(What's a "foreshadowing", you ask, "is it some type of eyeshadow?")
    Ooooooooh I got some news for you
    Yeah go run and buy a dictionary.

    I see you chillin' in a Starbucks with a book I loathe
    And I'm like, here's a query for yoooou
    Was Flauberts' prose just not good enough
    I'm like, here's a query for you
    Did you know all your favorite authors suck too?
    Said if you read something richer the story would stay with ya
    Long after you put down that piece of sh—
    (Oh don't throw no hissy fit)
    Is Teenage Mutant Paranomal Amish fiction really the best
    Don't believe me I'll put it to the test
    Just answer this query here made for you

    Now I know that I had to borrow beg steal and lie and cheat
    Trying to reach ya
    Craft a story that'd please ya
    But self publishing sure aint cheap
    I pity the foooool that's stuck in a book club with you
    (What's a "flashback," you ask, "is it part of a flashlight?")
    Ooooooh I got some news for you
    I really hate illiterate fools right now.
    Now baby baby baby why why do you read stories that are just plain bad?
    (So bad, so bad)
    I asked my agent she just said reading is more than art there's enjoyment to be had
    (To be had, to be had, to be had)
    And I'm like, why?
    It's so cliche!
    The prose is so gauche!
    For crying out loud I got an MFA!

    I see you chillin' in a Starbucks
    with a book I loathe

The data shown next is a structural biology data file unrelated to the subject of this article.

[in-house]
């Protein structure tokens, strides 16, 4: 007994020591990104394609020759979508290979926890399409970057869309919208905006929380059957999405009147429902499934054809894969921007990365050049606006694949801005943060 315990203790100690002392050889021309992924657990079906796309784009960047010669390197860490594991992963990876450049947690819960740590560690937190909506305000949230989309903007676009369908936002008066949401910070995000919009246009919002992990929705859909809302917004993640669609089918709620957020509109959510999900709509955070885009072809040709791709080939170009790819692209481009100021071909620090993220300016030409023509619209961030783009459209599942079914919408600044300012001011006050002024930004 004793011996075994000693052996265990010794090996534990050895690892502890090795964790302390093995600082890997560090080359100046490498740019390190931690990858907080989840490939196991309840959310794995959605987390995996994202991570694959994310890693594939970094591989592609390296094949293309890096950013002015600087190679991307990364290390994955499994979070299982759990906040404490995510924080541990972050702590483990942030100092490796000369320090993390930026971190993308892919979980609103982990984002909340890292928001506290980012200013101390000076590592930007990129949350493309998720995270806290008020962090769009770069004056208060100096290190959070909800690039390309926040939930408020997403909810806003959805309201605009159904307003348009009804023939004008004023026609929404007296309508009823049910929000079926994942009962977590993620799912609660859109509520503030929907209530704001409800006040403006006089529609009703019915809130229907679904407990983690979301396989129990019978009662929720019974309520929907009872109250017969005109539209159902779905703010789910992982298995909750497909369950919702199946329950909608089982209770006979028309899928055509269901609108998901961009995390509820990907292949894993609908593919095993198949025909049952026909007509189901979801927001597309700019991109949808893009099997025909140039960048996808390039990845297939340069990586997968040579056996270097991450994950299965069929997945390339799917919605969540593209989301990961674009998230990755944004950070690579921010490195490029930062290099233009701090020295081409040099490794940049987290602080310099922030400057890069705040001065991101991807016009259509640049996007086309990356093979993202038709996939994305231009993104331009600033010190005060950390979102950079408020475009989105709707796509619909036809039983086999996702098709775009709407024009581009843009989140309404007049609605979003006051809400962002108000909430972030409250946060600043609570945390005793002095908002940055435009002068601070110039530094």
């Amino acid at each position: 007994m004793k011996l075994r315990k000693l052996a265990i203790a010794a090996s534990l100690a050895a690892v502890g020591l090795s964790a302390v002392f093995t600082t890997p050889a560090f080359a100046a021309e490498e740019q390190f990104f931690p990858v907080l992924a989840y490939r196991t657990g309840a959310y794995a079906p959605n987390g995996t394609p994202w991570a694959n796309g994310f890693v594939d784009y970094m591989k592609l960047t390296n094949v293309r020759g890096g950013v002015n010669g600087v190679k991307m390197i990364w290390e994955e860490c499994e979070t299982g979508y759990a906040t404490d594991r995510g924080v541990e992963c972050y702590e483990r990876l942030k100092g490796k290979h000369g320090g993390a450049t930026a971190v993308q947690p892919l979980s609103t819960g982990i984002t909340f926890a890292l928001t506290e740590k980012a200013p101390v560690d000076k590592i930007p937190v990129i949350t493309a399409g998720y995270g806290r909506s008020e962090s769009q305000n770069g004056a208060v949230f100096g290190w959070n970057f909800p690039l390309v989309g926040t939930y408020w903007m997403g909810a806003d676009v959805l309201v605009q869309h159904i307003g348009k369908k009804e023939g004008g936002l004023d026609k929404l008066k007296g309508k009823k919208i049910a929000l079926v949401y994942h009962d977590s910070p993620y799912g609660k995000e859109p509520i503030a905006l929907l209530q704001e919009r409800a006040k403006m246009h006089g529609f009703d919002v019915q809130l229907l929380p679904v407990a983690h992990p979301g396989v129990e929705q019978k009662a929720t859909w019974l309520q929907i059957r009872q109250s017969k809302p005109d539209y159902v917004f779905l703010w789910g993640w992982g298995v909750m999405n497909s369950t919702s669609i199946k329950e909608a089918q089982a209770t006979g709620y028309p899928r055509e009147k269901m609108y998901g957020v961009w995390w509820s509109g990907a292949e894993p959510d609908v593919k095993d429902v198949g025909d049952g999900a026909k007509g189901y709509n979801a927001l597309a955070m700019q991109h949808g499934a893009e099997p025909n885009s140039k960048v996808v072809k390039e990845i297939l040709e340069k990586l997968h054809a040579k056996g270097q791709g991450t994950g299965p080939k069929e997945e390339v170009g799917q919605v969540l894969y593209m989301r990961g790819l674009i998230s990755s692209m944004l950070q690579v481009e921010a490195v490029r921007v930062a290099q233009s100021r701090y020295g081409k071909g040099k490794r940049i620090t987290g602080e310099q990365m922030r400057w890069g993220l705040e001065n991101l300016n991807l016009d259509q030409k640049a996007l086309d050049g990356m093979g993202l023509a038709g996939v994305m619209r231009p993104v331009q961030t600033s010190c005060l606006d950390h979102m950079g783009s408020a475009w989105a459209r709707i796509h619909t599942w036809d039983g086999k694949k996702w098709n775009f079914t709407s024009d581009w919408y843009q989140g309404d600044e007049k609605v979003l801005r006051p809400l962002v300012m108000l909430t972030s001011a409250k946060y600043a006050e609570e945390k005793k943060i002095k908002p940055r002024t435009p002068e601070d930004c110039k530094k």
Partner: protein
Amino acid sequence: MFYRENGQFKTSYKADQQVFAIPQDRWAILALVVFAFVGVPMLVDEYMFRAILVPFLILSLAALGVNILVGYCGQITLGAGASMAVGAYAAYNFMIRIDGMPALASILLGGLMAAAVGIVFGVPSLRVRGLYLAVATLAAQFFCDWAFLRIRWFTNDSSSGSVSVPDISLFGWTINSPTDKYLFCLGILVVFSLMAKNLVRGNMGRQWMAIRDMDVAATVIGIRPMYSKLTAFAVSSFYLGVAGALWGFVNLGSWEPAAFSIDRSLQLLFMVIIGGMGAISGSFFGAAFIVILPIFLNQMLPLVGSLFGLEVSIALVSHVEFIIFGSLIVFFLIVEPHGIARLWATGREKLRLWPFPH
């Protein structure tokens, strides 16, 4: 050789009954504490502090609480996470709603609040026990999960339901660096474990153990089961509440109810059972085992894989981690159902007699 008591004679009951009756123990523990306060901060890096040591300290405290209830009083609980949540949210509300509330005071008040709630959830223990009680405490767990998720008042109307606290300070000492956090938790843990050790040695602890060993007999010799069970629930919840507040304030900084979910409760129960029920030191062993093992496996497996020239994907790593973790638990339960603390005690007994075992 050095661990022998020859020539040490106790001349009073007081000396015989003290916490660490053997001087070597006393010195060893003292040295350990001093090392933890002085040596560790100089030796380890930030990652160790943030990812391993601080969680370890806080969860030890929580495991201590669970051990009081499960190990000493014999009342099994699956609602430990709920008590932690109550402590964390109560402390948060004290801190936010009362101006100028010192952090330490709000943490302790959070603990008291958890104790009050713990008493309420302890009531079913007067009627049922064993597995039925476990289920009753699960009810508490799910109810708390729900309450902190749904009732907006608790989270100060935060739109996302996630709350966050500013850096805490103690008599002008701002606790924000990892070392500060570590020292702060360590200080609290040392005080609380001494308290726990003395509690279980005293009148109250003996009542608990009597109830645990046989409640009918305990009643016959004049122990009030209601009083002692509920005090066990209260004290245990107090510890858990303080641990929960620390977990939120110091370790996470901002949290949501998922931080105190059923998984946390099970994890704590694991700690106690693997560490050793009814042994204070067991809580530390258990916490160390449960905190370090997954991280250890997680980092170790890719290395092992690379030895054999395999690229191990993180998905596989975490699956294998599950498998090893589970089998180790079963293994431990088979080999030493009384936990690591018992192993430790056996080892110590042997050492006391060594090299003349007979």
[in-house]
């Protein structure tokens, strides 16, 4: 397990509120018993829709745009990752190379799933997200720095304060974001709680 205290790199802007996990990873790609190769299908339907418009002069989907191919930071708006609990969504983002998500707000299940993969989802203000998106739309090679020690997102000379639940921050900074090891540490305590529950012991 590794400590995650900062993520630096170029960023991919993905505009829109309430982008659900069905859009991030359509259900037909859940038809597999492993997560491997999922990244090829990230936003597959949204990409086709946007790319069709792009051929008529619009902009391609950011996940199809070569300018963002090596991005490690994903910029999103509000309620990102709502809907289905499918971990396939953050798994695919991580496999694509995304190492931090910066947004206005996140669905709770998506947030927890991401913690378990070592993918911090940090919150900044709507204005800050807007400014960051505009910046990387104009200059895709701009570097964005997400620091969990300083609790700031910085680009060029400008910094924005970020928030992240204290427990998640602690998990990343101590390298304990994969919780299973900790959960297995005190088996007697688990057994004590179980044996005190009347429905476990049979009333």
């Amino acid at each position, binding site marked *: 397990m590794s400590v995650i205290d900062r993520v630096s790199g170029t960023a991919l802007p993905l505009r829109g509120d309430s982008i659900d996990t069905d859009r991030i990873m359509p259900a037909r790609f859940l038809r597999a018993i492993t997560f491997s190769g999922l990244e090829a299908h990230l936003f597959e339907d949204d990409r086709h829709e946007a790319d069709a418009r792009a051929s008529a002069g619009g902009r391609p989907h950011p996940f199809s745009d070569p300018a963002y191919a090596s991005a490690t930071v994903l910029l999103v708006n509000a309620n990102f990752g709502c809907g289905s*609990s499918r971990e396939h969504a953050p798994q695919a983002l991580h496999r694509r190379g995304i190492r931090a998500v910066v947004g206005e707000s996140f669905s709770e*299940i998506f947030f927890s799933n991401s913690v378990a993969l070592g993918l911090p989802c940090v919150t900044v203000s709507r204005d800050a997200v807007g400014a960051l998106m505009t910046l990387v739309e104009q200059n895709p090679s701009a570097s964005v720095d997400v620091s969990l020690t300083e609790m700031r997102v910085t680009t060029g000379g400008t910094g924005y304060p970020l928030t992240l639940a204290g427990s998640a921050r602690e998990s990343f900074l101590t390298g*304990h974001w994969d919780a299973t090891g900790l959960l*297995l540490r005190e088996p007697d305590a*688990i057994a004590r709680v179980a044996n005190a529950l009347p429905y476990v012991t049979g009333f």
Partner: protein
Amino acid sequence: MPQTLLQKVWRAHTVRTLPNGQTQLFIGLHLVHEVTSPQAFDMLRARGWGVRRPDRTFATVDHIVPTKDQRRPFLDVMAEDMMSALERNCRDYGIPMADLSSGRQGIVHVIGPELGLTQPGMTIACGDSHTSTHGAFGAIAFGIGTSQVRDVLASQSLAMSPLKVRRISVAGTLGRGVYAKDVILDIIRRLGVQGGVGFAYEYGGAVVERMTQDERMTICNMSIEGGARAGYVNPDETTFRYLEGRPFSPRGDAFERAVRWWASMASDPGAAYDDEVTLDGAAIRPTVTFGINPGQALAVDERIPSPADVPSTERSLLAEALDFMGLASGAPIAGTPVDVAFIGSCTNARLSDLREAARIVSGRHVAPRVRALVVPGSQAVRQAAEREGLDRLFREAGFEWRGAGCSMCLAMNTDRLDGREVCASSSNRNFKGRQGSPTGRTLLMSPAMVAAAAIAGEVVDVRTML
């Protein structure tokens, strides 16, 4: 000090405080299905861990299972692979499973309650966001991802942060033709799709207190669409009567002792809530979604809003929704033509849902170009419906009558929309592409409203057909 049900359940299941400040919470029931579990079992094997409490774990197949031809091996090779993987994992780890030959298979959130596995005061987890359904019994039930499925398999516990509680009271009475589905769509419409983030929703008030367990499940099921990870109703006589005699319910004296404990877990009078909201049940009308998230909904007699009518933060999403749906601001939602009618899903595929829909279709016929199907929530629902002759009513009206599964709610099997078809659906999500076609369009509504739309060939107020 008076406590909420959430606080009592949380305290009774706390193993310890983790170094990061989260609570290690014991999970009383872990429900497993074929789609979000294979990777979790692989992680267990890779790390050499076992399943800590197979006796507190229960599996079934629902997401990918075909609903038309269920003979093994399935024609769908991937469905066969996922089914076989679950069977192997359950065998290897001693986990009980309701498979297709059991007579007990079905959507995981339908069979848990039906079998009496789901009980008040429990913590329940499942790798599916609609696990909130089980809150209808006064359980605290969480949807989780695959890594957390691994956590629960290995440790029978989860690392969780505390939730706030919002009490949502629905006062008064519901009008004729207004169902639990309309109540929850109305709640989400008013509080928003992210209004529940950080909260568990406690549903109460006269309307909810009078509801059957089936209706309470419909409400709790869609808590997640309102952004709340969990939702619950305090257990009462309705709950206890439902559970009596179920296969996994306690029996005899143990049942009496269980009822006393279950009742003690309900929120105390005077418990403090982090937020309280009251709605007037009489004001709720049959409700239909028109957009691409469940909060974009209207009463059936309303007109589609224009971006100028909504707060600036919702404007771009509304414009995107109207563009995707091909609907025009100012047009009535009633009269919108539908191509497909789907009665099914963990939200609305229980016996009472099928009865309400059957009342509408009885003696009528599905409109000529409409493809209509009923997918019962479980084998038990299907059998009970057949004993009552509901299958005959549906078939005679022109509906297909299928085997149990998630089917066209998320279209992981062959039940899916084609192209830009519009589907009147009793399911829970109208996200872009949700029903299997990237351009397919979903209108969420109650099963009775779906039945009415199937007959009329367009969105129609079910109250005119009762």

And I'm like, here's a query for yoooou
    Was Dickens' prose just not good enough
    I'm like, here's a query for you
    Did you know all your favorite books suck too?
    Said if you read something richer the story would stay with ya
    Long after you put down that piece of sh—
    (Oh don't throw no hissy fit)
    Is Teenage Mutant Paranormal Amish fiction really the best
    Don't believe me I'll put it to the test
    Just answer this query here made for you
    "Would you please consider buying my book too?"

  13. Sarah Thomas on May 22, 2011 at 6:45 PM

    >Loved this! It's been ages since I attempted a form poem, tapping out iambic pentameter. What fun. Here's a little something that would make Elizabeth Barrett Browning choke.

    Sonnet from the Publishese

    How do I love thy book? Let me spell out
    Any misconceptions you may hold dear.
    Your book is acceptable, have no fear,
    ‘tho about a few things there is some doubt.

    Your book needs rewriting, this you must know
    The publishers aren’t biting, I have tried
    My best to sell, but opinion’s bright tide
    Points out your tendency to tell not show.

    Oh and did I mention your frightening hair
    and that book two is a cause that is lost?
    Don’t worry, the writer with all is rare,